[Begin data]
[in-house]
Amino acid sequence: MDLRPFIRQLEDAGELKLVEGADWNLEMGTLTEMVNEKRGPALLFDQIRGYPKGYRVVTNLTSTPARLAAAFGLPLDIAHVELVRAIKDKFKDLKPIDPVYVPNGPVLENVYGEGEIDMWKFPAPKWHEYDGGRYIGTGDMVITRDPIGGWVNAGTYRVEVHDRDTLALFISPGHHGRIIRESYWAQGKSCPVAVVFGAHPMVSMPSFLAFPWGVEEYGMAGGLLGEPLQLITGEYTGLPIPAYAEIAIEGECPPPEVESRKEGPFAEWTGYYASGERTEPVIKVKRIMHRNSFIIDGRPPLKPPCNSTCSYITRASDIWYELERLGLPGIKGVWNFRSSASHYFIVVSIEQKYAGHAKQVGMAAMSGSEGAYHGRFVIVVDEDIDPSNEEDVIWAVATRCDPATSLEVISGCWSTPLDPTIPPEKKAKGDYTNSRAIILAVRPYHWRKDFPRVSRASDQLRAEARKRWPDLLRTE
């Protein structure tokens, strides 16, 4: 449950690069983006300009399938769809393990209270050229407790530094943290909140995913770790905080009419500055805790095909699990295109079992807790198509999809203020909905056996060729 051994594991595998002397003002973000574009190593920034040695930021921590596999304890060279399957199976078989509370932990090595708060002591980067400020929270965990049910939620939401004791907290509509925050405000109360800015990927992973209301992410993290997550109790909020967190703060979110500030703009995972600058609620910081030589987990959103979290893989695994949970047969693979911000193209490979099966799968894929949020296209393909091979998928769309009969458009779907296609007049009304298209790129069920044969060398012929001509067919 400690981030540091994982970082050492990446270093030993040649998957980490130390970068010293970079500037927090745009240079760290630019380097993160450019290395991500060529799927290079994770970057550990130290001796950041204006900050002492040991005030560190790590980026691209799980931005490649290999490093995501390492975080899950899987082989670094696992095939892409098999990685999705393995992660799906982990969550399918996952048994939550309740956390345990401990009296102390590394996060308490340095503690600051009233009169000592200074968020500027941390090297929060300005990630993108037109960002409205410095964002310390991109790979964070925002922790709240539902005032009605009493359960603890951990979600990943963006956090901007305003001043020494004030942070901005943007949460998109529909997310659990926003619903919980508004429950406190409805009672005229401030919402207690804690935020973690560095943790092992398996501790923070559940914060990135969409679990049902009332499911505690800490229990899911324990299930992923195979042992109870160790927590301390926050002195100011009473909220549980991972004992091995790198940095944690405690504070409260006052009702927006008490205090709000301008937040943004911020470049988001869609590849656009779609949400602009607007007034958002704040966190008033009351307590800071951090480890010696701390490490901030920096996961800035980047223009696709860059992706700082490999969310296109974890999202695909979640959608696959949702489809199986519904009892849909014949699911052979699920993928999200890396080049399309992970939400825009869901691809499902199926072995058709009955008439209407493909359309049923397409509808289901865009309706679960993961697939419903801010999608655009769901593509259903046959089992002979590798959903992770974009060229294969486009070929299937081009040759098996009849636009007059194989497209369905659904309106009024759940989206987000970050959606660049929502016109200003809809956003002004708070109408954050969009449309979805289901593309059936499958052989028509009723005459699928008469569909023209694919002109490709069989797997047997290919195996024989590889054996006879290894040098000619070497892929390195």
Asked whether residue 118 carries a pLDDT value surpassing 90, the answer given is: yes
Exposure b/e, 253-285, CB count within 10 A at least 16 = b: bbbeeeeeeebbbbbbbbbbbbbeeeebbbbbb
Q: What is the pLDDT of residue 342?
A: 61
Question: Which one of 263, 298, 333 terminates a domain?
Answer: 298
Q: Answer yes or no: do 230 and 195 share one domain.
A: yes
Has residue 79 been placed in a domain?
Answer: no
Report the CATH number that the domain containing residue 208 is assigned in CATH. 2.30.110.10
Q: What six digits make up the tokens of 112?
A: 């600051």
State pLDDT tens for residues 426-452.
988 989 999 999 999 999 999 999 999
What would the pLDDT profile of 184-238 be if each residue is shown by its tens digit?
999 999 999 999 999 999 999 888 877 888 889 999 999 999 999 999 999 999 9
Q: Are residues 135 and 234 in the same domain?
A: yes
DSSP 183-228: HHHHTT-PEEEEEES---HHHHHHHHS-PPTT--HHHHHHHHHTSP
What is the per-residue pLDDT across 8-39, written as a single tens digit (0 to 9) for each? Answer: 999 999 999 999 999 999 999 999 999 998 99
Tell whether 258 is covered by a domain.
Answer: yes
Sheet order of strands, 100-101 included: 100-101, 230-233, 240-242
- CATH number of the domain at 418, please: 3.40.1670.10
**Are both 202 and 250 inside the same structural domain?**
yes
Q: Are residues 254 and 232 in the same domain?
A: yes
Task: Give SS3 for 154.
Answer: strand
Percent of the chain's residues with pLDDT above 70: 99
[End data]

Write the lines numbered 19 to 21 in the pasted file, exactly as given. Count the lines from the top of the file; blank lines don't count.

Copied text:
What would the pLDDT profile of 184-238 be if each residue is shown by its tens digit?
999 999 999 999 999 999 999 888 877 888 889 999 999 999 999 999 999 999 9
Q: Are residues 135 and 234 in the same domain?